The following site has information and photos of the Holly Tree, an Imperfect Flowering Plant. To get flowers, you need to plant a female and a male plant together. Now that is an Imperfect Plant. It is also called Unisexual as opposed to Bisexual. Another is the Pussy Willow.

The Holly Bush. Not so perfect.

And then again, my Mum had a Paw Paw Tree which had both male and female fruits. There are paw paws which are either all female or all male, but these are used in large scale horticulture.  For us, its best to grow the type which has both male and female types of flowers.  You need to plant a few to ensure that they do cross-pollinate often enough. 

An amazing way to reproduce involving the same parts of a flower but in different places on the one plant (tree):

Pine trees have both male and female parts. The female cones form at the top and the males at the bottom. When the reproductive season arrives, the female cones open up and fall to the ground. The males then open up and release their pollen (sperm) which falls onto an open female cone. When this happens, the female cones close up again until the fertilized embryo is ready. Then it opens again to let the embryo out. The baby plant is in the form of a winged seed which can be carried a long way to an ideal location where it can send down its roots and grow into a new pine tree or conifer.  Now that's amazing!

Sommerblumen01

For a more 'academic' description of the parts of a flower:

"A flower, sometimes known as a bloom or blossom, is the reproductive structure found in flowering plants (plants of the division Magnoliophyta, also called angiosperms). The biological function of a flower is to effect reproduction, usually by providing a mechanism for the union of sperm with eggs. Flowers may facilitate outcrossing (fusion of sperm and eggs from different individuals in a population) or allow selfing (fusion of sperm and egg from the same flower). Some flowers produce diaspores without fertilization (parthenocarpy). Flowers contain sporangia and are the site where gametophytes develop. Flowers give rise to fruit and seeds. Many flowers have evolved to be attractive to animals, so as to cause them to be vectors for the transfer of pollen.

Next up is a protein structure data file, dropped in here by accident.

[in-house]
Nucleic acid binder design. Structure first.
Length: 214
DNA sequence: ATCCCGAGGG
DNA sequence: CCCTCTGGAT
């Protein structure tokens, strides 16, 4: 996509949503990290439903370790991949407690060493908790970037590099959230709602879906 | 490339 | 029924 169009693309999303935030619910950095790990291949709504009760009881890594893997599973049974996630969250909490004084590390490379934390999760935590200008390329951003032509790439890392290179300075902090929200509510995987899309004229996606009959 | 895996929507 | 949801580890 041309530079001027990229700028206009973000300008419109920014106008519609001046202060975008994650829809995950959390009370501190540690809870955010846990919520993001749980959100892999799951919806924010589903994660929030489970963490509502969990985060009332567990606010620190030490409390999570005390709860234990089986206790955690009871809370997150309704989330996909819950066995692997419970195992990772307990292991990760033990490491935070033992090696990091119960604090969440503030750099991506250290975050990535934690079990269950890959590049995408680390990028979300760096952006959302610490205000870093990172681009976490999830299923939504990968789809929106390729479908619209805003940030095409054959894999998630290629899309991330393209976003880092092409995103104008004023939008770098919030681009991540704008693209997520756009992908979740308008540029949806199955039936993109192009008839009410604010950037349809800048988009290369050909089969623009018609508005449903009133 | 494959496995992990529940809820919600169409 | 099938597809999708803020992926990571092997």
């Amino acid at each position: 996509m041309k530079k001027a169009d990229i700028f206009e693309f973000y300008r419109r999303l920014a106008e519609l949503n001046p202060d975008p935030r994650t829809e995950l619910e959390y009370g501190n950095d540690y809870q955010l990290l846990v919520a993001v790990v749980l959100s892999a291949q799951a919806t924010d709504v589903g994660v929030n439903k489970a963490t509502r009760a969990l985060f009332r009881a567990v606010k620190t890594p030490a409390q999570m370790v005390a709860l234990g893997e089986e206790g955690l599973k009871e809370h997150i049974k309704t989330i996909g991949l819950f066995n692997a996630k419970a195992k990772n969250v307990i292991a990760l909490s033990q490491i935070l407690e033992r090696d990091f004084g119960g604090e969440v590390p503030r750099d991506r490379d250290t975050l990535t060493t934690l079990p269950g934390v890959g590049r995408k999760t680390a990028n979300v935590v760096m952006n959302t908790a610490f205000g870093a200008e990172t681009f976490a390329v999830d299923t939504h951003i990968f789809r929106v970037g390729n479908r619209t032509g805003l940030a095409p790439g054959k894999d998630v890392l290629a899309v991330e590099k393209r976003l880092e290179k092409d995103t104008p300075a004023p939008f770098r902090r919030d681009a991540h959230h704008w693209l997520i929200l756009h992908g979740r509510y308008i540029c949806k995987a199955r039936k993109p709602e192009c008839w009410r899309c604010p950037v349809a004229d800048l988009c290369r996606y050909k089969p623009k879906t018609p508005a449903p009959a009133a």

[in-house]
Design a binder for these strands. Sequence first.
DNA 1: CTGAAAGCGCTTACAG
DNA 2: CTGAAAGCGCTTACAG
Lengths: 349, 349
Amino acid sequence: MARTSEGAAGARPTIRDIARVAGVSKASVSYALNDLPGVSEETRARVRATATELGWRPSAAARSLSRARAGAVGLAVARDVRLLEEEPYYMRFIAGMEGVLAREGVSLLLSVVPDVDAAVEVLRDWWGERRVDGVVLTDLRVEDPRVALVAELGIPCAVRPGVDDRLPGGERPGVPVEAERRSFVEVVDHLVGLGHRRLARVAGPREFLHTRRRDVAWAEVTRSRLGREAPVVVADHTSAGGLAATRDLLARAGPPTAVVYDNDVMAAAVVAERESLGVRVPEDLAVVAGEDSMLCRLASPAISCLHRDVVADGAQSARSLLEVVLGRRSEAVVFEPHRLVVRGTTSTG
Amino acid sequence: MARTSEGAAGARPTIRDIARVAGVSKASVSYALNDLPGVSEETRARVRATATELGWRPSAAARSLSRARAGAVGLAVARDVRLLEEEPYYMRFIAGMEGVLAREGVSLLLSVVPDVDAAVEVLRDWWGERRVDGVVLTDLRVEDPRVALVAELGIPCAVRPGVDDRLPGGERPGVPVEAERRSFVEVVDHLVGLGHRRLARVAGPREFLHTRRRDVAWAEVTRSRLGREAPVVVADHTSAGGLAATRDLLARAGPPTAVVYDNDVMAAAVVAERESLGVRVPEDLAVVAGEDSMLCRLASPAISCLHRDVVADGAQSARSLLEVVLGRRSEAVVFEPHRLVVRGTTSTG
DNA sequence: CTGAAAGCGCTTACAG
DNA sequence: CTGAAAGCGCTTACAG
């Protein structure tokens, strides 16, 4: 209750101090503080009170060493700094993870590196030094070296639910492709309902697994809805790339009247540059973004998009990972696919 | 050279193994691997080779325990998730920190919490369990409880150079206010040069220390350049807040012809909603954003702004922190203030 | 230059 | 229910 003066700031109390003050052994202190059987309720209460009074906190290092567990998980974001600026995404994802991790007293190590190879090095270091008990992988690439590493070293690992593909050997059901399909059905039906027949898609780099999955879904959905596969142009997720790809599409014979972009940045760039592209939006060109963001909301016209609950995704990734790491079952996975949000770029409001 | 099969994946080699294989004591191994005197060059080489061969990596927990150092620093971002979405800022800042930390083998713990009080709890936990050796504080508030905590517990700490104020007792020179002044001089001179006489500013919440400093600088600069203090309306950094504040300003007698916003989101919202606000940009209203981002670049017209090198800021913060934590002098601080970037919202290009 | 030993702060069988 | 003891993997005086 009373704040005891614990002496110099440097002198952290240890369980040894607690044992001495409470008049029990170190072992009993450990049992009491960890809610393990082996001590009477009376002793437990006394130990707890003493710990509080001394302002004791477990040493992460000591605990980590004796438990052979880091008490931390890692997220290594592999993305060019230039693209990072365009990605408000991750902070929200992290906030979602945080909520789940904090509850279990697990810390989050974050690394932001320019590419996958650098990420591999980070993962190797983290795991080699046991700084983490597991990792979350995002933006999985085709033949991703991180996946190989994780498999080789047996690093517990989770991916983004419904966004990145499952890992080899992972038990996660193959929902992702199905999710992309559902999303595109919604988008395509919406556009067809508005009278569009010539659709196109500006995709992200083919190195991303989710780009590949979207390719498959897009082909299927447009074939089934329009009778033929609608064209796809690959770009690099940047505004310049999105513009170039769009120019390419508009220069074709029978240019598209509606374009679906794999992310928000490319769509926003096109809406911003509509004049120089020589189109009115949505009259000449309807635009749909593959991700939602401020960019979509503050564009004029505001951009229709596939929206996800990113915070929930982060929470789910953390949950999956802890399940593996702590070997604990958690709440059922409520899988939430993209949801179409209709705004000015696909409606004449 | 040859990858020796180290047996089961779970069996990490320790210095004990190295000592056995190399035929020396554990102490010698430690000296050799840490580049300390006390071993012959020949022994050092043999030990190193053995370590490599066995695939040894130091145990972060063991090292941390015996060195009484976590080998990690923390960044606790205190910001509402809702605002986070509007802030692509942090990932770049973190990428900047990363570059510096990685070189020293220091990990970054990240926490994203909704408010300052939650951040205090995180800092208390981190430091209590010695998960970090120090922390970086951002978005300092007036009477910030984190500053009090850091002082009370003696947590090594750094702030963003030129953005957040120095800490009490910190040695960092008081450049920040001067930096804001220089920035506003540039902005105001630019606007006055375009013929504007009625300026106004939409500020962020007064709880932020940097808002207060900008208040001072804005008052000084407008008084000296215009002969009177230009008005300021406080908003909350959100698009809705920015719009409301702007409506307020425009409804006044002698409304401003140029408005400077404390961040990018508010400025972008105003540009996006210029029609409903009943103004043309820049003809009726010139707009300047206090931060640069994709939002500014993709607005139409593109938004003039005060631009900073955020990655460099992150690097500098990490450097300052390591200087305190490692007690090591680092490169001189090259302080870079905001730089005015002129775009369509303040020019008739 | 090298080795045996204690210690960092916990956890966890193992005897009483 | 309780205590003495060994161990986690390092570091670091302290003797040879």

In addition to facilitating the reproduction of flowering plants, flowers have long been admired and used by humans to beautify their environment, and also as objects of romance, ritual, religion, medicine and as a source of food". Wikipedia. So, did you get that? Kids have much more fun learning about the parts of a flower.

Natural Selection.

Flowers and the Fibonacci Numbers.

Oriental Lilies.

Nasturtiums.

Begonias.

Home. Return from Parts of a Flower to Types of Flowers.

'The fact that I can plant a seed and it becomes a flower, share a bit of knowledge and it becomes another's, smile at someone and receive a smile in return, are to me continual spiritual exercises'. 

Leo Buscaglia